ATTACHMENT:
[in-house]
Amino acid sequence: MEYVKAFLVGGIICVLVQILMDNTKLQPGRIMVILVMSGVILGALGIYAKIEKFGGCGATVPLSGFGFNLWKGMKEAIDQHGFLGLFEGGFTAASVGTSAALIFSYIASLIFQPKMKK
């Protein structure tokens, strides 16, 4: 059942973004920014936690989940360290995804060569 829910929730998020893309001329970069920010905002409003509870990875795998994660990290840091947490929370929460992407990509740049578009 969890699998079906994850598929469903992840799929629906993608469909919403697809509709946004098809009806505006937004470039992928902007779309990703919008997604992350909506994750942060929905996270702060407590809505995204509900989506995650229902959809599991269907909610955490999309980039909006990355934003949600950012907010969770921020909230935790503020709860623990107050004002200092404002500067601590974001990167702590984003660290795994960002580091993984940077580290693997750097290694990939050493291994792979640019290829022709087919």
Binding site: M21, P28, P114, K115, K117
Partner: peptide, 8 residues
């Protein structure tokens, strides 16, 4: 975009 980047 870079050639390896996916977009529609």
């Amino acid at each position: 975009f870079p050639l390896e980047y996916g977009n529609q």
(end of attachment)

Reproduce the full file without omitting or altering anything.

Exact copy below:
[in-house]
Amino acid sequence: MEYVKAFLVGGIICVLVQILMDNTKLQPGRIMVILVMSGVILGALGIYAKIEKFGGCGATVPLSGFGFNLWKGMKEAIDQHGFLGLFEGGFTAASVGTSAALIFSYIASLIFQPKMKK
């Protein structure tokens, strides 16, 4: 059942973004920014936690989940360290995804060569 829910929730998020893309001329970069920010905002409003509870990875795998994660990290840091947490929370929460992407990509740049578009 969890699998079906994850598929469903992840799929629906993608469909919403697809509709946004098809009806505006937004470039992928902007779309990703919008997604992350909506994750942060929905996270702060407590809505995204509900989506995650229902959809599991269907909610955490999309980039909006990355934003949600950012907010969770921020909230935790503020709860623990107050004002200092404002500067601590974001990167702590984003660290795994960002580091993984940077580290693997750097290694990939050493291994792979640019290829022709087919």
Binding site: M21, P28, P114, K115, K117
Partner: peptide, 8 residues
């Protein structure tokens, strides 16, 4: 975009 980047 870079050639390896996916977009529609």
């Amino acid at each position: 975009f870079p050639l390896e980047y996916g977009n529609q």